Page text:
# Power Rule for Derivatives/Natural Number Index

## Theorem

Let $n \in \N$.

Let $f: \R \to \R$ be the real function defined as $\map f x = x^n$.

Then:

$\map {f'} x = n x^{n-1}$

everywhere that $\map f x = x^n$ is defined.

When $x = 0$ and $n = 0$, $\map {f'} x$ is undefined.

## Proof by Binomial Theorem

Let $\map f x = x^n$ for $x \in \R, n \in \N$.

By the definition of the derivative:

$\ds \dfrac \d {\d x} \map f x = \lim_{h \mathop \to 0} \dfrac {\map f {x + h} - \map f x} h = \lim_{h \mathop \to 0} \dfrac {\paren {x + h}^n - x^n} h$

Using the binomial theorem this simplifies to:

 $\ds$  $\ds \lim_{h \mathop \to 0} \paren {\frac {\dbinom n 0 x^n + \dbinom n 1 x^{n - 1} h + \dbinom n 2 x^{n - 2} h^2 + \cdots + \dbinom n {n - 1} x h^{n - 1} + \dbinom n n h^n - x^n} h}$ $\ds$ $=$ $\ds \lim_{h \mathop \to 0} \paren {\frac {\dbinom n 1 x^{n - 1} h + \dbinom n 2 x^{n - 2} h^2 + \cdots + \dbinom n {n - 1} x h^{n - 1} + \dbinom n n h^n} h}$ $\ds$ $=$ $\ds \lim_{h \mathop \to 0} \paren {\dbinom n 1 x^{n - 1} + \dbinom n 2 x^{n - 2} h^1 + \cdots + \dbinom n {n - 1} x h^{n - 2} + \dbinom n n h^{n - 1} }$ $\ds$ $=$ $\ds \dbinom n 1 x^{n - 1}$ evaluating the limit $\ds$ $=$ $\ds n x^{n - 1}$ Binomial Coefficient with One: $\dbinom r 1 = r$

$\blacksquare$

## Proof by Induction

We will use the notation $D \map f x = \map {f'} x$ as it is convenient.

Let $n = 0$.

Then:

$\forall x \in \R: x^n = 1$

Thus $\map f x$ is the constant function $\map {f_1} x$ on $\R$.

Thus from Derivative of Constant, $D \map f x = \map D {x^0} = 0 x^{-1}$, except where $x = 0$.

So the result holds for $n = 0$.

Let $n = 1$.

Then:

$\forall x \in \R: \map f x = x^n = x$

Then from Derivative of Identity Function:

$\map D x = 1 = 1 \cdot x^{1 - 1}$

So the result holds for $n = 1$.

Now assume $\map D {x^k} = k x^{k - 1}$.

Then by the Product Rule for Derivatives:

$\map D {x^{k + 1} } = \map D {x^k x} = x^k \map D x + \map D {x^k} x = x^k \cdot 1 + k x^{k - 1} x = \paren {k + 1} x^k$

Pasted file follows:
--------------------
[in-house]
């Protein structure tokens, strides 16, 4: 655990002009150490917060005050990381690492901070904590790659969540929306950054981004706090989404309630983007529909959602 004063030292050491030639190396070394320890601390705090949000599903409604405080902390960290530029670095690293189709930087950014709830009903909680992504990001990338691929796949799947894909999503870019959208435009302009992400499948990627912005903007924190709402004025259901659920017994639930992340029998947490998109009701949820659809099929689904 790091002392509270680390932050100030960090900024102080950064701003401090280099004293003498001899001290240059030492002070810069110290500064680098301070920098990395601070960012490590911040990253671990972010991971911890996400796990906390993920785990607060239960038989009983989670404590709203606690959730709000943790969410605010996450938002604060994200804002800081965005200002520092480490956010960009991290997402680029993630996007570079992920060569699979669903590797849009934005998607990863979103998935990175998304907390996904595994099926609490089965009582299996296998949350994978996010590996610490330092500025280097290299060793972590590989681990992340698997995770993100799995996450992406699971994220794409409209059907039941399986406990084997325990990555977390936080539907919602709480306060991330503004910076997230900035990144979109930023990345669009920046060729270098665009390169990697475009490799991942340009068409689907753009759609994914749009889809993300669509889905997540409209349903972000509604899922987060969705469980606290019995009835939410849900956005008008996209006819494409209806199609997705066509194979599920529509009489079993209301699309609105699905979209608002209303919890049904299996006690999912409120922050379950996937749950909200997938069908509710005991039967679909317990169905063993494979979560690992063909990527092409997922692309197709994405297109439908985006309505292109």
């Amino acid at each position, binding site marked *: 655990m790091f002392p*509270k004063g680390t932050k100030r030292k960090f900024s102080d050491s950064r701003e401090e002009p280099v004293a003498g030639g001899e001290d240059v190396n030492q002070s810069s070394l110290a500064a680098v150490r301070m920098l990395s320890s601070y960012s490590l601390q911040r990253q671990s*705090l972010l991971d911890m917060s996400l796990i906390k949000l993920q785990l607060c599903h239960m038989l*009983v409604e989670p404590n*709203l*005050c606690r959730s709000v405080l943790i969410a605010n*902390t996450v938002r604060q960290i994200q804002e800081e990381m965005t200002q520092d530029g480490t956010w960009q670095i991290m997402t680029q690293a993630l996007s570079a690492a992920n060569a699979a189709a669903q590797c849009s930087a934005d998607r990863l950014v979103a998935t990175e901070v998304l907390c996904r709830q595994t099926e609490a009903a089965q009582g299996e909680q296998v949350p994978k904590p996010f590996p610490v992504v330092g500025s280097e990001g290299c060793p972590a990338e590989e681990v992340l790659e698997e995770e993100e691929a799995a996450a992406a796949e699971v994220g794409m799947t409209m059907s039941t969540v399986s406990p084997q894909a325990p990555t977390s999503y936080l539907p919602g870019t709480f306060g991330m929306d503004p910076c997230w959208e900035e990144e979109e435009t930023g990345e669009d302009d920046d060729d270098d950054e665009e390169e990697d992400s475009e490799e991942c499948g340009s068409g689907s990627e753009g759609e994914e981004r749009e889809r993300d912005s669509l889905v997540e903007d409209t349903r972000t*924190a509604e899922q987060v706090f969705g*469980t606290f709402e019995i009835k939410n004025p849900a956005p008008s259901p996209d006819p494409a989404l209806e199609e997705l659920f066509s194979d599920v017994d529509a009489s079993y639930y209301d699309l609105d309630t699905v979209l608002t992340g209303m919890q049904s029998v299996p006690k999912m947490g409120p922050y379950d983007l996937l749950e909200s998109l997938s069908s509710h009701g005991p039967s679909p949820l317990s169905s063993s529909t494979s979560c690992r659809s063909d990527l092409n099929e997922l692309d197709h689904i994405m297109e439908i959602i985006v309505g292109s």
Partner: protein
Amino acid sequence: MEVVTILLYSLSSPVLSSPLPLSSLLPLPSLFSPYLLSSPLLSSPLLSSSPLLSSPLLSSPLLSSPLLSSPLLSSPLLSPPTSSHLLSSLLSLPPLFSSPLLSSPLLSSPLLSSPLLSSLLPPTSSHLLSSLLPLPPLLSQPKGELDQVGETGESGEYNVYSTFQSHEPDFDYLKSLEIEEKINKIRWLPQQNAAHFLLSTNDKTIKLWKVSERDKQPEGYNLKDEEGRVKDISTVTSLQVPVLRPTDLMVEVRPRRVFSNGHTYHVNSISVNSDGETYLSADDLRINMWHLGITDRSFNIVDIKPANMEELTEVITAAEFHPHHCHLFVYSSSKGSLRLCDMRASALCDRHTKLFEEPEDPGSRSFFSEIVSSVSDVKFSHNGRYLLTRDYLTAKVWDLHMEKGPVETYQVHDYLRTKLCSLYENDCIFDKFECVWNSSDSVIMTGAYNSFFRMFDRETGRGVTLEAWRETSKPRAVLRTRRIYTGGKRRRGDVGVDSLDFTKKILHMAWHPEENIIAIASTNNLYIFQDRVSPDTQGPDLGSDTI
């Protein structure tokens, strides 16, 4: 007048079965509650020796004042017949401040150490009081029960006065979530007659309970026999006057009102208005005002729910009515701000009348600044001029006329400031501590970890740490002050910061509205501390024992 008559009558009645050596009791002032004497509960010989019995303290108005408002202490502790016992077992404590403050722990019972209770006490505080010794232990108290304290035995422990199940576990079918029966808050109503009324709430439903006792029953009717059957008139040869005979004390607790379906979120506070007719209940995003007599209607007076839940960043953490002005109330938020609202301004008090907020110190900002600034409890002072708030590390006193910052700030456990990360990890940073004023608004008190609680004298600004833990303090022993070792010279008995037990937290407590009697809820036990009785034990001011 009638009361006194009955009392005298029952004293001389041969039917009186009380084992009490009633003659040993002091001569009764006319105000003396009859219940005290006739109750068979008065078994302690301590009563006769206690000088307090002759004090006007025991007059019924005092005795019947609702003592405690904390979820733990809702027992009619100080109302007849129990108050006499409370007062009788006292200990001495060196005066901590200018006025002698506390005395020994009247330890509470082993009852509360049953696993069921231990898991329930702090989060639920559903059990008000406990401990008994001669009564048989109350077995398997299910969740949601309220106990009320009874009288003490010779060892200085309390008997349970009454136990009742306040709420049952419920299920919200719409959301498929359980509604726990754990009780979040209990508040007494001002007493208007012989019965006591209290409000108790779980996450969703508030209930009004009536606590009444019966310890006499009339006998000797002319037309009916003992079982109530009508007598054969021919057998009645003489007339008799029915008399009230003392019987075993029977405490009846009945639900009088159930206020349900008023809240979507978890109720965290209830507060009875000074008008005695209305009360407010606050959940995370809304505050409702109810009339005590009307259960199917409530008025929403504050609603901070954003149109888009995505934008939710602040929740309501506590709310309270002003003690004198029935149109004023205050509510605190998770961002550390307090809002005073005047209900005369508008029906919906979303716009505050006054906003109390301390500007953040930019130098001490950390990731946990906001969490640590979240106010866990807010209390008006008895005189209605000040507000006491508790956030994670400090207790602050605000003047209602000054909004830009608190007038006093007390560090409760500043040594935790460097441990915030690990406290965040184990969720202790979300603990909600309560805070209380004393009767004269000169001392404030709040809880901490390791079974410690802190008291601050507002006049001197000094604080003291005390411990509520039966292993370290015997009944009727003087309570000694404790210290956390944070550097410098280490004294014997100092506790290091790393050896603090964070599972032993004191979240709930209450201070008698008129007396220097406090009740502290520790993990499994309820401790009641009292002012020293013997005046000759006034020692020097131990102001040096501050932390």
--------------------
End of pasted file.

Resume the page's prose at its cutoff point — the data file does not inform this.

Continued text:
The result follows by induction.

$\blacksquare$

## Proof by Difference of Two Powers

Let $\map f x = x^n$ for $x \in \R, n \in \N$.

Let $a \in \R$.

By definition of the derivative:

$\ds \map {f'} a = \lim_{x \mathop \to a} \frac {\map f x - \map f a} {x - a} = \lim_{x \mathop \to a} \frac {x^n - a^n} {x - a}$

### Case $\text I$

For $n = 0$ it is possible to do:

 $\ds \map {f'} a$ $=$ $\ds \lim_{x \mathop \to a} \frac {x^0 - a^0} {x - a}$ $\ds$ $=$ $\ds \lim_{x \mathop \to a} \frac 0 {x - a}$ $\ds$ $=$ $\ds 0$

We have that:

$0 \cdot x^{0 - 1} = 0$

for all $x \ne 0$.

So in this case:

$\map {f'} x = n x^{n - 1}$

$\Box$

### Case $\text {II}$

For $n = 1$ we have:

$\map f x = x$
$\map {f'} x = 1$

Then we note that:

$1 \cdot x^{1 - 1} = 1$

So for the case $n = 1$:

$\map {f'} x = n x^{n - 1}$

$\Box$

### Case $\text {III}$

$\R$ is a commutative ring, so for $n \ge 2$ it is possible to do:

 $\ds \map {f'} a$ $=$ $\ds \lim_{x \mathop \to a} \frac {x^n - a^n} {x - a}$ $\ds$ $=$ $\ds \lim_{x \mathop \to a} \frac {\paren {x - a} \sum_{j \mathop = 0}^{n - 1} x^{n - j - 1} a^j} {x - a}$ Difference of Two Powers $\ds$ $=$ $\ds \lim_{x \mathop \to a} \sum_{j \mathop = 0}^{n - 1} x^{n - j - 1} a^j$ $\ds$ $=$ $\ds \sum_{j \mathop = 0}^{n - 1} a^{n - j - 1} a^j$ Real Polynomial Function is Continuous $\ds$ $=$ $\ds \sum_{j \mathop = 0}^{n - 1} a^{n - 1}$ $\ds$ $=$ $\ds \sum_{j \mathop = 1}^n a^{n - 1}$ shifting the index from $0$ to $1$ $\ds$ $=$ $\ds n a^{n - 1}$

This holds for all $a \in \R$, so:

$\map {f'} x = n x^{n - 1}$

$\blacksquare$